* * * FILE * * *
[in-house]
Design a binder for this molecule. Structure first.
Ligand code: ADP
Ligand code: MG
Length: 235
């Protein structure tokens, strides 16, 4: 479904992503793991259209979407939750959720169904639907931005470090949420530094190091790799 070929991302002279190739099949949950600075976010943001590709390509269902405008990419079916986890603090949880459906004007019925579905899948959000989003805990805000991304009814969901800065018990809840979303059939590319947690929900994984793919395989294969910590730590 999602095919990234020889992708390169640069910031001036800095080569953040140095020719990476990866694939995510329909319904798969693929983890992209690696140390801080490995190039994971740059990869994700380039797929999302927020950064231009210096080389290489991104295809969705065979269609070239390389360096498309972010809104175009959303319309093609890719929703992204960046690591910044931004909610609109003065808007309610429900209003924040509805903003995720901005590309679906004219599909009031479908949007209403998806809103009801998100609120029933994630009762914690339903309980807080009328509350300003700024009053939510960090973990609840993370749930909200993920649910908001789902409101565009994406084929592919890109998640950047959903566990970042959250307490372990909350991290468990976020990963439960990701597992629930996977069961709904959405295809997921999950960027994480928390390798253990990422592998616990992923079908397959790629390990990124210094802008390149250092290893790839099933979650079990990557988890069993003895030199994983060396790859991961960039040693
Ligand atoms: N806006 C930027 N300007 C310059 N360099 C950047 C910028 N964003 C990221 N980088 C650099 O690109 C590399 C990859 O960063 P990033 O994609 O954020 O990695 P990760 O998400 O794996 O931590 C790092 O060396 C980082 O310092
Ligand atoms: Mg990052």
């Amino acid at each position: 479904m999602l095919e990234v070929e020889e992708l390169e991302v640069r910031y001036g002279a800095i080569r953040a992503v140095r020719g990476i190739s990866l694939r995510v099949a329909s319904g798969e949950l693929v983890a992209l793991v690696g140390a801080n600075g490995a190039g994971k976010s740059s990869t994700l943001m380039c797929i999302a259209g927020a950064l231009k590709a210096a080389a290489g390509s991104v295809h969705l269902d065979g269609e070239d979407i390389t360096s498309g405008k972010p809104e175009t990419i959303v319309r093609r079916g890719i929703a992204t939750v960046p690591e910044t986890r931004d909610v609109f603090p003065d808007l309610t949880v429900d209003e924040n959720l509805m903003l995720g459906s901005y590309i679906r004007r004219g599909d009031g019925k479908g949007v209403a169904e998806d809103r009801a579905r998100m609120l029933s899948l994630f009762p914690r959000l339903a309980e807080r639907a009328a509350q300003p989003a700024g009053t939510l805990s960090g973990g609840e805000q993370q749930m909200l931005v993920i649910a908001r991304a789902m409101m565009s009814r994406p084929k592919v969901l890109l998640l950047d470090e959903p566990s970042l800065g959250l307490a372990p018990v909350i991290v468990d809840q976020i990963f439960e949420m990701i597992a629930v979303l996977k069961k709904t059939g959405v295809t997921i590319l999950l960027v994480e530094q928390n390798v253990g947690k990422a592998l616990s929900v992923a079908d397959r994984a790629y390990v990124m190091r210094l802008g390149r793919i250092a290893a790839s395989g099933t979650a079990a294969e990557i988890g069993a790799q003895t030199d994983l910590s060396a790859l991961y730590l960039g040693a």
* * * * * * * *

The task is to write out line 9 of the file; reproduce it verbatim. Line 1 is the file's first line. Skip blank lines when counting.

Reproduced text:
């Amino acid at each position: 479904m999602l095919e990234v070929e020889e992708l390169e991302v640069r910031y001036g002279a800095i080569r953040a992503v140095r020719g990476i190739s990866l694939r995510v099949a329909s319904g798969e949950l693929v983890a992209l793991v690696g140390a801080n600075g490995a190039g994971k976010s740059s990869t994700l943001m380039c797929i999302a259209g927020a950064l231009k590709a210096a080389a290489g390509s991104v295809h969705l269902d065979g269609e070239d979407i390389t360096s498309g405008k972010p809104e175009t990419i959303v319309r093609r079916g890719i929703a992204t939750v960046p690591e910044t986890r931004d909610v609109f603090p003065d808007l309610t949880v429900d209003e924040n959720l509805m903003l995720g459906s901005y590309i679906r004007r004219g599909d009031g019925k479908g949007v209403a169904e998806d809103r009801a579905r998100m609120l029933s899948l994630f009762p914690r959000l339903a309980e807080r639907a009328a509350q300003p989003a700024g009053t939510l805990s960090g973990g609840e805000q993370q749930m909200l931005v993920i649910a908001r991304a789902m409101m565009s009814r994406p084929k592919v969901l890109l998640l950047d470090e959903p566990s970042l800065g959250l307490a372990p018990v909350i991290v468990d809840q976020i990963f439960e949420m990701i597992a629930v979303l996977k069961k709904t059939g959405v295809t997921i590319l999950l960027v994480e530094q928390n390798v253990g947690k990422a592998l616990s929900v992923a079908d397959r994984a790629y390990v990124m190091r210094l802008g390149r793919i250092a290893a790839s395989g099933t979650a079990a294969e990557i988890g069993a790799q003895t030199d994983l910590s060396a790859l991961y730590l960039g040693a």